Um, that article is from May 2011.Did you sell almost all your gold holdings around this time? If not then you are NOT
"experiencing the same thing as Mr. Soros." Its not right to make up stories mr.Siriiuslywrong.
Now, he might have left some gains on the table, but this "marxist" (lol) was clearly more
Conservative in his investing than you. And with better results.
George Soros sells his gold
George Soros, the hedge fund investor who called gold "the ultimate bubble", has sold almost his entire holding of the precious metal, leading to fears that the price is about to fall.
George Soros sold most of his gold ETF holdings but bought shares in two mining companies Photo: Bloomberg News
By Richard Evans6:34PM BST 19 May 2011
The investor, famous for his £10bn bet against the Bank of England in 1992, made his "ultimate bubble" remark in January last year but acted to cut his holding only in the first quarter of this year.
Holding on has proved hugely profitable – in January 2010 gold was trading at about $1,100 an ounce, whereas the lowest price during the first three months of 2011 was more than $1,300. The highest was about $1,450.
It is not known exactly when Mr Soros sold his gold, which was held via the Soros Fund Management investment vehicle. Filings to the Securities and Exchange Commission (SEC), the American regulator, showed that he had sold 99pc of his holding in SPDR Gold Trust, an exchange-traded fund (ETF) backed by gold bullion, by the end of March.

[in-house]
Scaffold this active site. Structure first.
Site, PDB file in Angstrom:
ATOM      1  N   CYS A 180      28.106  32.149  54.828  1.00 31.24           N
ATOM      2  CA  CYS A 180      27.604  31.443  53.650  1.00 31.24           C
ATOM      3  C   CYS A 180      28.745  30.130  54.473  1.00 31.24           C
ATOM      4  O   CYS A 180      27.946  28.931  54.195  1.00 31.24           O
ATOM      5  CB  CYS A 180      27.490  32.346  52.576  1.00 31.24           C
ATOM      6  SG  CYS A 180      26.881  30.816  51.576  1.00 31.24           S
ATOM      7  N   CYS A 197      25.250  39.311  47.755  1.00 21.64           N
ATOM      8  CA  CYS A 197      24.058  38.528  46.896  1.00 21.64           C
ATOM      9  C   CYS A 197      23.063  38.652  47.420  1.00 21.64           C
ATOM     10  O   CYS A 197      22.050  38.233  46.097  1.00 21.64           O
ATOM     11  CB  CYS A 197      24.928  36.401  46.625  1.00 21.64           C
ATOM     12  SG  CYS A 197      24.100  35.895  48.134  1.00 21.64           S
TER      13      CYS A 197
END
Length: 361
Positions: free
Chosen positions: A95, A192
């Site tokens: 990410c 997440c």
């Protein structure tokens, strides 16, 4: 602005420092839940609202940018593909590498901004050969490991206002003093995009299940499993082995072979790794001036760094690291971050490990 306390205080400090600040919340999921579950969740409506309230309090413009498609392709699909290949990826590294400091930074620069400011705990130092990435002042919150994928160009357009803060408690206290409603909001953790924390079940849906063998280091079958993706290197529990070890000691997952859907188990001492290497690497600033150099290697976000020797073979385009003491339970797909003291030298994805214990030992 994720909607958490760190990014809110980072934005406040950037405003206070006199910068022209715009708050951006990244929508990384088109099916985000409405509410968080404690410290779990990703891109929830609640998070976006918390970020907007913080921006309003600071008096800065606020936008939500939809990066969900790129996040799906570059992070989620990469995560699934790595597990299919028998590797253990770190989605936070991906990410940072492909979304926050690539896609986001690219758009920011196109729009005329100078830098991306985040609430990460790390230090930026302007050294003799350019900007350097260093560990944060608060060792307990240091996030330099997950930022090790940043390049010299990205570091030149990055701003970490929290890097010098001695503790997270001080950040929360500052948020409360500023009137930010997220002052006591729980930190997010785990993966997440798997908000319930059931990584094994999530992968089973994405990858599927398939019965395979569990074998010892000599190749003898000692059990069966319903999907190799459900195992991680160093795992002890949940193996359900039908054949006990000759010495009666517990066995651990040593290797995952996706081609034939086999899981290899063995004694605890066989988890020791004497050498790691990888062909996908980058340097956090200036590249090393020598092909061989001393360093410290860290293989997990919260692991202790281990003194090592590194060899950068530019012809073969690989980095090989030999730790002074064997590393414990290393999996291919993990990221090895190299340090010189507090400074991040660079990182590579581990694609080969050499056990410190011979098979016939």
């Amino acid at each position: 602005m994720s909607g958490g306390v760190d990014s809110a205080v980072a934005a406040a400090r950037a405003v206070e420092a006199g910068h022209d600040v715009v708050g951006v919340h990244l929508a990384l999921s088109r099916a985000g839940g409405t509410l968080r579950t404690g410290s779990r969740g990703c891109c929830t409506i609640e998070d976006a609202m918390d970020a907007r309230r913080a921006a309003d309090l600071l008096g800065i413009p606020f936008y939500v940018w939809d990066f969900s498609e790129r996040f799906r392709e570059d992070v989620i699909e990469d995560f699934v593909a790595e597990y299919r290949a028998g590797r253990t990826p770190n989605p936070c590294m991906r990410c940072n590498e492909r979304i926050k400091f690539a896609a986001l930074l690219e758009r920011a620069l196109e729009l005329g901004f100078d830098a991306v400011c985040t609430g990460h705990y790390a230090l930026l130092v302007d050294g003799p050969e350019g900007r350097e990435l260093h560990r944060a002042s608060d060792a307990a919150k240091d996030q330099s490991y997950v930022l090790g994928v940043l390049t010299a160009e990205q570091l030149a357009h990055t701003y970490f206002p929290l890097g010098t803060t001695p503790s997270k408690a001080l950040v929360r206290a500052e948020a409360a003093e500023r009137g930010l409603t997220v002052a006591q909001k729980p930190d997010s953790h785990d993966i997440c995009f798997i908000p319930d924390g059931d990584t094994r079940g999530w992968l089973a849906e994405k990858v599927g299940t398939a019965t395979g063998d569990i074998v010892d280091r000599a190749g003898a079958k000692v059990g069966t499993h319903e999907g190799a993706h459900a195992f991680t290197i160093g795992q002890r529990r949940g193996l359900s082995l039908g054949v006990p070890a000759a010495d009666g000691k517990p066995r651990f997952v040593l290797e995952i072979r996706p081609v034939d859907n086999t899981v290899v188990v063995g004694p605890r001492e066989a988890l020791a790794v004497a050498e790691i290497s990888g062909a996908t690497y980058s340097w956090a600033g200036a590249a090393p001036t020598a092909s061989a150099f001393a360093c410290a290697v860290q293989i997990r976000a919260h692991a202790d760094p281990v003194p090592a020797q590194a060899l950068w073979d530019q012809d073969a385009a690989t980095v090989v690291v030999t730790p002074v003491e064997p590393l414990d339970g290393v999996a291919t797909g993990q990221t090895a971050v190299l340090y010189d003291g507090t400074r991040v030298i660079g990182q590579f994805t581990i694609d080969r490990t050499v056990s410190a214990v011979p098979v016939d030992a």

The New York-based fund sold its entire holding in iShares Gold Trust, a similar investment. But Mr Soros bought shares in two mining companies, Freeport-McMoRan Copper & Gold and Goldcorp.
This may have been a smart move. "As the precious metals rally ends, you'll get transition toward related equities," James Dailey of Pennsylvania-based Team Financial Asset Management, told Bloomberg. "You don't see any speculative appetite for gold stocks yet."
The gold price fell slightly following the announcement that Mr Soros had sold his holdings.
Not all investors share his view. Paulson & Co, the US hedge fund run by John Paulson, left its holding in the SPDR Gold Trust unchanged, filings to the SEC showed. And Hal Lehr, a commodity trader at Deutsche Bank, was quoted by Bloomberg as saying: "I'm bullish on gold despite its current levels. It could reach $2,000 an ounce in the next eight months."
While gold ETF holdings fell by 3.3pc in the first quarter of the year, there is evidence that some of the proceeds were used to buy gold bullion directly.
Gold's bull run has been driven by its traditional status as a trusted store of value in times of economic turbulence. In particular, investors have worried that the policy of "quantitative easing" adopted by many central banks is devaluing paper currencies.
The metal's enthusiasts point out that, while the authorities can print unlimited amounts of sterling or American dollars, the supply of gold is finite.
More recently, the sovereign debt crisis in the eurozone has supported the gold price. But investors worried that gold is indeed a bubble may prefer to follow Mr Soros's example and sell. Betting against him can be expensive, as the Bank of England would agree.